What is Thanksgiving?
Thanksgiving, or Thanksgiving Day, is a traditional North American holiday, which is a form of harvest festival. Thanksgiving is celebrated on the fourth Thursday of November in the United States.
Thanksgiving is an annual American Federal holiday to express thanks for one's material and spiritual possessions. The period from Thanksgiving Day to New Year's Day often is called the holiday season.
Most people celebrate by gathering at home with family or friends for a holiday feast. Thanksgiving generally is considered secular, or at least nonsectarian, and is not based on any specific religious canon or dogma. Though the holiday's origins can be traced to harvest festivals that have been celebrated in many cultures since ancient times, the American holiday has religious undertones related to the deliverance of the English settlers after the brutal winter at Plymouth, Massachusetts.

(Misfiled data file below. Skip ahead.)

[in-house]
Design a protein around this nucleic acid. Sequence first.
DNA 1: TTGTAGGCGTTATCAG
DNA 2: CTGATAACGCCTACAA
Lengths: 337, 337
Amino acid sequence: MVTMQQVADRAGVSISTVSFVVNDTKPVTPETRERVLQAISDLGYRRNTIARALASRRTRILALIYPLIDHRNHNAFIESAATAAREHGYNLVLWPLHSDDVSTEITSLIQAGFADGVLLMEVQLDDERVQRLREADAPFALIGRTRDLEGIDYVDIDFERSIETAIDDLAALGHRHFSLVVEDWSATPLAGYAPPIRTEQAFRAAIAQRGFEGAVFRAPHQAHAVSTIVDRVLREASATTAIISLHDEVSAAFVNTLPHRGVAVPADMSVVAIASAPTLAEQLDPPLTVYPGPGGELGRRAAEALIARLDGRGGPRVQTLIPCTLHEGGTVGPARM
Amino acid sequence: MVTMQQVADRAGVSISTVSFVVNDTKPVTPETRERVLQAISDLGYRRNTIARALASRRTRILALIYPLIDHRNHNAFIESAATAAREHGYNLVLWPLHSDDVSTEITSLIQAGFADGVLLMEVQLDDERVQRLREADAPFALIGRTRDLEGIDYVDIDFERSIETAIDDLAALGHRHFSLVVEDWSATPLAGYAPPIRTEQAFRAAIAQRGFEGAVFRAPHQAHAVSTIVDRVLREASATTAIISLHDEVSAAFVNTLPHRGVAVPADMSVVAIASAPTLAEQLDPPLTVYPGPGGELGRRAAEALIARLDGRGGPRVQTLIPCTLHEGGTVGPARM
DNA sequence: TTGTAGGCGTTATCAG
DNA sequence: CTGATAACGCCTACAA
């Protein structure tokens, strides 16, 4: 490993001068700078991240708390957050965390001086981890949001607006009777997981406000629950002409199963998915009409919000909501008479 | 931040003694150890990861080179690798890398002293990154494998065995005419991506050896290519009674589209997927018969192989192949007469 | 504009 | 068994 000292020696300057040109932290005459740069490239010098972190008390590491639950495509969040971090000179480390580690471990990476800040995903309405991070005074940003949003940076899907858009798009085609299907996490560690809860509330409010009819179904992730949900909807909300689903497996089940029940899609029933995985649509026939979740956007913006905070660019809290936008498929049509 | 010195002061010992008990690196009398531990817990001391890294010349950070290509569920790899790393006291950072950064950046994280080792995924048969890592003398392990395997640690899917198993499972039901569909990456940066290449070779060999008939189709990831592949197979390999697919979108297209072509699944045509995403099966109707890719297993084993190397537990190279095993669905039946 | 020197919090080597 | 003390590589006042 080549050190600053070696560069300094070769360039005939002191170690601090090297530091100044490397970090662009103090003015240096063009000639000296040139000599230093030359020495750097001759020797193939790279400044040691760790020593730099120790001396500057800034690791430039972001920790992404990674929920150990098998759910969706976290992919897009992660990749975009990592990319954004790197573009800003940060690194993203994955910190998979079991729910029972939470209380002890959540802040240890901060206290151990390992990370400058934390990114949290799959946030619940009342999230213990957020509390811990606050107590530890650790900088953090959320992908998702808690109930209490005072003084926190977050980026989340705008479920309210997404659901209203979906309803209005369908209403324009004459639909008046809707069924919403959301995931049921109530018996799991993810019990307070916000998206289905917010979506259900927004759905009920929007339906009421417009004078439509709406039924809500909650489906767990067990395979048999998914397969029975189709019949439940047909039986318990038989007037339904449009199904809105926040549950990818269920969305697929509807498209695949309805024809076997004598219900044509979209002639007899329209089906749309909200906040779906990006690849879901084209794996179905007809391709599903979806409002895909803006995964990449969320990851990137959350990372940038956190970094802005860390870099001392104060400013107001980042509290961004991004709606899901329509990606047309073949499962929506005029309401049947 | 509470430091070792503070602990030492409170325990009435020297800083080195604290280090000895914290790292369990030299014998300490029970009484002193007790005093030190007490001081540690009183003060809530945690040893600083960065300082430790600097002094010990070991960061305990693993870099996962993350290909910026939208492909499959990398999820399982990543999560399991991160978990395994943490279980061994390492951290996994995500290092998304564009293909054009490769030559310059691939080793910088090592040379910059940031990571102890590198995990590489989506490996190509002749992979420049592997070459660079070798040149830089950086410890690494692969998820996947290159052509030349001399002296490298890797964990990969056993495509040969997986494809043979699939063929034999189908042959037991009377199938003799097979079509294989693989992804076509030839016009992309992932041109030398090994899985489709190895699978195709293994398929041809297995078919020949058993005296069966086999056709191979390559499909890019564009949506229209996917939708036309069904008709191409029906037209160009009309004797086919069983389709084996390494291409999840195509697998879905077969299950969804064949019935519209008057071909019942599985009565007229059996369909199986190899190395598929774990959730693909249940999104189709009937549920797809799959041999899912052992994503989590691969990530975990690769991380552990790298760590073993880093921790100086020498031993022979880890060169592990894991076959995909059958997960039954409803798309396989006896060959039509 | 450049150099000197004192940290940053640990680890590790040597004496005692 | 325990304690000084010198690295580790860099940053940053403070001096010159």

Since being fixed at the fourth Thursday in November by law in 1941,
the holiday in the United States can occur as early as November 22 to
as late as November 28. As it is a Federal holiday, all United States
government offices are closed and employees are paid for that day. It
is also a holiday for the New York Stock Exchange, and also for most
other financial markets and financial services companies.
The First Thanksgiving Celebrations in the New World
The date and whereabouts of the first Thanksgiving celebration is a topic of modest contention, though the earliest recorded Thanksgiving ceremony took place on September 8, 1565, when 600 Spanish settlers, under the leadership of Pedro Menéndez de Avilés, landed at what is now St. Augustine, Florida, and immediately held a Mass of Thanksgiving for their safe delivery to the New World; there followed a feast and celebration. As the La Florida colony did become part of the United States, this can be classified as the first Thanksgiving.
El Paso, Texas, has also been said to be the site of the first Thanksgiving to be held in what is now known as the United States, though that was not a harvest festival. Spaniard Don Juan de Oñate ordered his expedition party to rest and conducted a mass in celebration of Thanksgiving on April 30, 1598.